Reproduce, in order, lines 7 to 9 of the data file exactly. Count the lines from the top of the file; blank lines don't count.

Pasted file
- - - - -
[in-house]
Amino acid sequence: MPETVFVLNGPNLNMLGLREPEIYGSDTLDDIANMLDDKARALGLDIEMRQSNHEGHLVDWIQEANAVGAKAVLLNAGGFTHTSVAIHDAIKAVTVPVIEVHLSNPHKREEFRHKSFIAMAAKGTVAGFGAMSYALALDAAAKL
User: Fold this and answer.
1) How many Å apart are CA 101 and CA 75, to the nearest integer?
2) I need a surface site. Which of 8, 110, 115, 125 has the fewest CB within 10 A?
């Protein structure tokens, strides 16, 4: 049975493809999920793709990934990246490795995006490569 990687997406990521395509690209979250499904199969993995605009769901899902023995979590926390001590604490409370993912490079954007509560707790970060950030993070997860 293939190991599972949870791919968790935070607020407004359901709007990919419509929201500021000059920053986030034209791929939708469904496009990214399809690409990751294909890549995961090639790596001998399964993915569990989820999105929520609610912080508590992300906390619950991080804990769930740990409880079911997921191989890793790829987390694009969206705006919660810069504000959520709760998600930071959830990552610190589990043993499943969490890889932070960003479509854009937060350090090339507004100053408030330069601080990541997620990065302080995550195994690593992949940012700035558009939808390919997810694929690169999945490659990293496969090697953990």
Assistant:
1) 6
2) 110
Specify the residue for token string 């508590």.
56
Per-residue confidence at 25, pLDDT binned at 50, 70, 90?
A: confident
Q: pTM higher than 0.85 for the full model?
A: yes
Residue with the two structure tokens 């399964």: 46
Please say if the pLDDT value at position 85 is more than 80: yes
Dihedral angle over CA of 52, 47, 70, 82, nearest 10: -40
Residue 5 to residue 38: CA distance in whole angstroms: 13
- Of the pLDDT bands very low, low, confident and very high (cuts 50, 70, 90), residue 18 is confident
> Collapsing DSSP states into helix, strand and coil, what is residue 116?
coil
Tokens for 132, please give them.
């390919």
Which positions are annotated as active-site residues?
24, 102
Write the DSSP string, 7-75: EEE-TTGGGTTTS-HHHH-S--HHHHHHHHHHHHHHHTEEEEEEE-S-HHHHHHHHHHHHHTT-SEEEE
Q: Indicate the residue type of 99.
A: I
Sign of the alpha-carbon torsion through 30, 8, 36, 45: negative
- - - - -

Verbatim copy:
Assistant:
1) 6
2) 110